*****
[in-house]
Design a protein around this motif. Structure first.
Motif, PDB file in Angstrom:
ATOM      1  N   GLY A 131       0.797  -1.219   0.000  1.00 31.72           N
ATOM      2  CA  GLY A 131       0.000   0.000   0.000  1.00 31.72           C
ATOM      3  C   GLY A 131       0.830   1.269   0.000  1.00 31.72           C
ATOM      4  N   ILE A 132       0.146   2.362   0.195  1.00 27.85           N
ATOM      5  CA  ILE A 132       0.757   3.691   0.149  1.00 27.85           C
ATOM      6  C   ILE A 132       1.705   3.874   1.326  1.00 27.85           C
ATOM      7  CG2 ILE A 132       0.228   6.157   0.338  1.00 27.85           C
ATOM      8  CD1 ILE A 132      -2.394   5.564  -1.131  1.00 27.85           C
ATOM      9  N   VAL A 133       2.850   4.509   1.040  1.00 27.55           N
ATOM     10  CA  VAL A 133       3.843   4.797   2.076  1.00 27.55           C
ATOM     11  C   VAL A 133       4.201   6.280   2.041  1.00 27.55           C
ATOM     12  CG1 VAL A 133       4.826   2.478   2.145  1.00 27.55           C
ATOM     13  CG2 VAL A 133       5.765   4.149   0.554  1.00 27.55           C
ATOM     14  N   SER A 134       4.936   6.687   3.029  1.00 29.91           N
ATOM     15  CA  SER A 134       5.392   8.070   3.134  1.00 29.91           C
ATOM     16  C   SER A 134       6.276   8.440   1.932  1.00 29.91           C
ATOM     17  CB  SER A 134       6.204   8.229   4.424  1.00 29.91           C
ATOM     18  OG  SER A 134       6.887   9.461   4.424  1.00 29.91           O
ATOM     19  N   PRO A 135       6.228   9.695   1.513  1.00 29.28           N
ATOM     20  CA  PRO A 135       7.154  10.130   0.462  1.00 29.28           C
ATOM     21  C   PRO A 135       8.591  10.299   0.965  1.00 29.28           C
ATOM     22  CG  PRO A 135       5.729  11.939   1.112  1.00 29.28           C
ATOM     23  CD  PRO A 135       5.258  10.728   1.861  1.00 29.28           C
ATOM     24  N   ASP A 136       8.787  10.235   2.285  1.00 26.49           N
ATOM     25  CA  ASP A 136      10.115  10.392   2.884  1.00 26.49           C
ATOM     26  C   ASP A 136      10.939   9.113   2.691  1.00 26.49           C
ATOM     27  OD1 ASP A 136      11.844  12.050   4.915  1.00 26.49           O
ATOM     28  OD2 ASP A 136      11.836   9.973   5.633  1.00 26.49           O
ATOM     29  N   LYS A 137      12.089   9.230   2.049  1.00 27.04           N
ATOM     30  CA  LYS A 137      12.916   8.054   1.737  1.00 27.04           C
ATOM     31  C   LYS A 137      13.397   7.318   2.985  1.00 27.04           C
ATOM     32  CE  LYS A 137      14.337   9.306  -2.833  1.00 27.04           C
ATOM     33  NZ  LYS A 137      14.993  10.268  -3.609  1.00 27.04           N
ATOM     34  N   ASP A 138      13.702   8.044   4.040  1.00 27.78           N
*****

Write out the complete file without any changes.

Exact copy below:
[in-house]
Design a protein around this motif. Structure first.
Motif, PDB file in Angstrom:
ATOM      1  N   GLY A 131       0.797  -1.219   0.000  1.00 31.72           N
ATOM      2  CA  GLY A 131       0.000   0.000   0.000  1.00 31.72           C
ATOM      3  C   GLY A 131       0.830   1.269   0.000  1.00 31.72           C
ATOM      4  N   ILE A 132       0.146   2.362   0.195  1.00 27.85           N
ATOM      5  CA  ILE A 132       0.757   3.691   0.149  1.00 27.85           C
ATOM      6  C   ILE A 132       1.705   3.874   1.326  1.00 27.85           C
ATOM      7  CG2 ILE A 132       0.228   6.157   0.338  1.00 27.85           C
ATOM      8  CD1 ILE A 132      -2.394   5.564  -1.131  1.00 27.85           C
ATOM      9  N   VAL A 133       2.850   4.509   1.040  1.00 27.55           N
ATOM     10  CA  VAL A 133       3.843   4.797   2.076  1.00 27.55           C
ATOM     11  C   VAL A 133       4.201   6.280   2.041  1.00 27.55           C
ATOM     12  CG1 VAL A 133       4.826   2.478   2.145  1.00 27.55           C
ATOM     13  CG2 VAL A 133       5.765   4.149   0.554  1.00 27.55           C
ATOM     14  N   SER A 134       4.936   6.687   3.029  1.00 29.91           N
ATOM     15  CA  SER A 134       5.392   8.070   3.134  1.00 29.91           C
ATOM     16  C   SER A 134       6.276   8.440   1.932  1.00 29.91           C
ATOM     17  CB  SER A 134       6.204   8.229   4.424  1.00 29.91           C
ATOM     18  OG  SER A 134       6.887   9.461   4.424  1.00 29.91           O
ATOM     19  N   PRO A 135       6.228   9.695   1.513  1.00 29.28           N
ATOM     20  CA  PRO A 135       7.154  10.130   0.462  1.00 29.28           C
ATOM     21  C   PRO A 135       8.591  10.299   0.965  1.00 29.28           C
ATOM     22  CG  PRO A 135       5.729  11.939   1.112  1.00 29.28           C
ATOM     23  CD  PRO A 135       5.258  10.728   1.861  1.00 29.28           C
ATOM     24  N   ASP A 136       8.787  10.235   2.285  1.00 26.49           N
ATOM     25  CA  ASP A 136      10.115  10.392   2.884  1.00 26.49           C
ATOM     26  C   ASP A 136      10.939   9.113   2.691  1.00 26.49           C
ATOM     27  OD1 ASP A 136      11.844  12.050   4.915  1.00 26.49           O
ATOM     28  OD2 ASP A 136      11.836   9.973   5.633  1.00 26.49           O
ATOM     29  N   LYS A 137      12.089   9.230   2.049  1.00 27.04           N
ATOM     30  CA  LYS A 137      12.916   8.054   1.737  1.00 27.04           C
ATOM     31  C   LYS A 137      13.397   7.318   2.985  1.00 27.04           C
ATOM     32  CE  LYS A 137      14.337   9.306  -2.833  1.00 27.04           C
ATOM     33  NZ  LYS A 137      14.993  10.268  -3.609  1.00 27.04           N
ATOM     34  N   ASP A 138      13.702   8.044   4.040  1.00 27.78           N